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Monday, October 30, 2017
3:00 PM - 4:00 PM
CNLS Conference Room (TA-3, Bldg 1690)


Membrane organization and cooperativity in influenza binding and fusion

Peter Kasson
University of Virginia

Influenza virus is the cause of substantial annual disease and occasional pandemics. It is thus a known public health threat and a good model for understanding emerging viral infections such as Zika. We use a combination of molecular modeling and biophysical experiments to elucidate influenza viral entry mechanisms, with the goals of mechanistic understanding and enhanced ability to understand and treat future pandemics. Protein-membrane interactions play a particularly important role in influenza entry, and cholesterol acts at multiple stages to affect viral infectivity. I will discuss the mechanistic basis for some of these interactions probed via molecular dynamics simulations and experiments and the ways in which experiments, simulations, and quantitative kinetic models can be used together for mechanistic insight into viral entry.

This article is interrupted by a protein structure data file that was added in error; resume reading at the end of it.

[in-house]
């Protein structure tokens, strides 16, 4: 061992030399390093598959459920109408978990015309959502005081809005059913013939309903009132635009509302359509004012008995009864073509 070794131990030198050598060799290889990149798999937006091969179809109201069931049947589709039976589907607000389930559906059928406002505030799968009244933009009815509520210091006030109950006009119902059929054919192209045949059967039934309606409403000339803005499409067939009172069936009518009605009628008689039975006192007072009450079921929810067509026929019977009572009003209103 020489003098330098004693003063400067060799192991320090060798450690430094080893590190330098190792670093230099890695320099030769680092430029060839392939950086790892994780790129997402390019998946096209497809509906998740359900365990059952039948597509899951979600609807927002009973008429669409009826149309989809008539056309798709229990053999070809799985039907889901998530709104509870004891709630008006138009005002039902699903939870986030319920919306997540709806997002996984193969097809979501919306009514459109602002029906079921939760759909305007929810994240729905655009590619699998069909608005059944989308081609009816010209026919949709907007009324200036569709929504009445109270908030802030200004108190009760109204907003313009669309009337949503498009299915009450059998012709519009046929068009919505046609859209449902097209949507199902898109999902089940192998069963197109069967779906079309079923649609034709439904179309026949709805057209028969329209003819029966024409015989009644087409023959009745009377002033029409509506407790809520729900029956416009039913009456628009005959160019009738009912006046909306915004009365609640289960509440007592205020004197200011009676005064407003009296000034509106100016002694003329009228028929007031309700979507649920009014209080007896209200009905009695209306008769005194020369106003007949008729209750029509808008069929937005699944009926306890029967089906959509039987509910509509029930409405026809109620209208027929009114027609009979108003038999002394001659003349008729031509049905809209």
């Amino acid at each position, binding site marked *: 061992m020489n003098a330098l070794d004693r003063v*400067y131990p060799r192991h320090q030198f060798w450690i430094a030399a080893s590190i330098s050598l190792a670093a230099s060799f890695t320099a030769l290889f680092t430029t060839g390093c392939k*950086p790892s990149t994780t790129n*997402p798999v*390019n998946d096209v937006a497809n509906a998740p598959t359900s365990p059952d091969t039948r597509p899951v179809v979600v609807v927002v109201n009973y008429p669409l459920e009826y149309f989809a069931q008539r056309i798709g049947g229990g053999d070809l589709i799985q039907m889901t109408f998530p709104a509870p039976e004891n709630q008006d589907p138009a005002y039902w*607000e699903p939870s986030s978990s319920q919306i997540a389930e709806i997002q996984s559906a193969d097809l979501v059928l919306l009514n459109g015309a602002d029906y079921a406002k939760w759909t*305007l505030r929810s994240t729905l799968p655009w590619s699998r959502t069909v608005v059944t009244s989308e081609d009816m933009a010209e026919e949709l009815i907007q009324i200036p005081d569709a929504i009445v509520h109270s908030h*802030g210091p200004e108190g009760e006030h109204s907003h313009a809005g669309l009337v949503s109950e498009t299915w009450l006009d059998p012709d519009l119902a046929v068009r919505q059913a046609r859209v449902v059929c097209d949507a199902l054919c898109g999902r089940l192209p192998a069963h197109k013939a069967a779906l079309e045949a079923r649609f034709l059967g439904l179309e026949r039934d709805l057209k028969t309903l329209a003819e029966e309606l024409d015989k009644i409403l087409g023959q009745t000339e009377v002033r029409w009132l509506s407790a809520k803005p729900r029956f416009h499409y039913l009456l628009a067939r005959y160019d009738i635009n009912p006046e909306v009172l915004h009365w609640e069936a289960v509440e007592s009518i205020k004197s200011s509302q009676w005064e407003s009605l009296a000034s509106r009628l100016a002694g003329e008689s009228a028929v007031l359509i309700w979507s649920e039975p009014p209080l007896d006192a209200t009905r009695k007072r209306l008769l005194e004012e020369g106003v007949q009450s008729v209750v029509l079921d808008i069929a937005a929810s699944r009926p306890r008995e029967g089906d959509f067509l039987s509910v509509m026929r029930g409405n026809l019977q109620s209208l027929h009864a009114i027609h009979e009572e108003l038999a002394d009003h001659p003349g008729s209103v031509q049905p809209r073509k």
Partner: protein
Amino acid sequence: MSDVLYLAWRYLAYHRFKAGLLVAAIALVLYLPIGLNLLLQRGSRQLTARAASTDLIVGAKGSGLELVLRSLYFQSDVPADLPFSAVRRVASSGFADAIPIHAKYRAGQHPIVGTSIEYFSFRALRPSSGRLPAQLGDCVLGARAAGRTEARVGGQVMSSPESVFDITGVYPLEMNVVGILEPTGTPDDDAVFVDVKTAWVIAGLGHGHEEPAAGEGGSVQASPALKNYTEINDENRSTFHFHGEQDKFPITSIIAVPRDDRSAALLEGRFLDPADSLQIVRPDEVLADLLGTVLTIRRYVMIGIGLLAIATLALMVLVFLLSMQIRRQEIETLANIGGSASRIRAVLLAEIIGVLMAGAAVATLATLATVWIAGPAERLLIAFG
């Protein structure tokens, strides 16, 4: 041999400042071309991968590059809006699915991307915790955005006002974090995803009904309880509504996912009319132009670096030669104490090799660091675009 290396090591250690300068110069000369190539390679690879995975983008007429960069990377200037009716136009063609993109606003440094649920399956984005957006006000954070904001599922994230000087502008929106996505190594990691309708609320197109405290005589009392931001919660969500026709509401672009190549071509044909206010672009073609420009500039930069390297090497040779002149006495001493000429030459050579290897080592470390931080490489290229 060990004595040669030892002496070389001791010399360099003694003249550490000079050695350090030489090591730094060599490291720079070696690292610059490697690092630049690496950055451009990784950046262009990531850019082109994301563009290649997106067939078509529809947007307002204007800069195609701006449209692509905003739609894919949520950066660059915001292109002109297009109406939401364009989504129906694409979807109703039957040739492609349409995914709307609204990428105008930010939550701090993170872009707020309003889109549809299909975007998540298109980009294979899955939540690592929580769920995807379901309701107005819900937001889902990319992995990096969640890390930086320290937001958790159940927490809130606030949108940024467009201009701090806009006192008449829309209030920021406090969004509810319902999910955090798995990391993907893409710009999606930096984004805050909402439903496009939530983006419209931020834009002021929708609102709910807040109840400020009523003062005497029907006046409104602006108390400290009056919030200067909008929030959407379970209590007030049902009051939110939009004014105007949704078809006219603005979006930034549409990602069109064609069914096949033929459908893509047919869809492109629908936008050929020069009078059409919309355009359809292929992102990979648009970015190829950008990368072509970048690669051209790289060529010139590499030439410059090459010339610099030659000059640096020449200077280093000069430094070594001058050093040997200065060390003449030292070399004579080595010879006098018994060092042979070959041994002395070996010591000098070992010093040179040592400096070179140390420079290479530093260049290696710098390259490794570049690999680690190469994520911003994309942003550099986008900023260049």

Host: Angel Garcia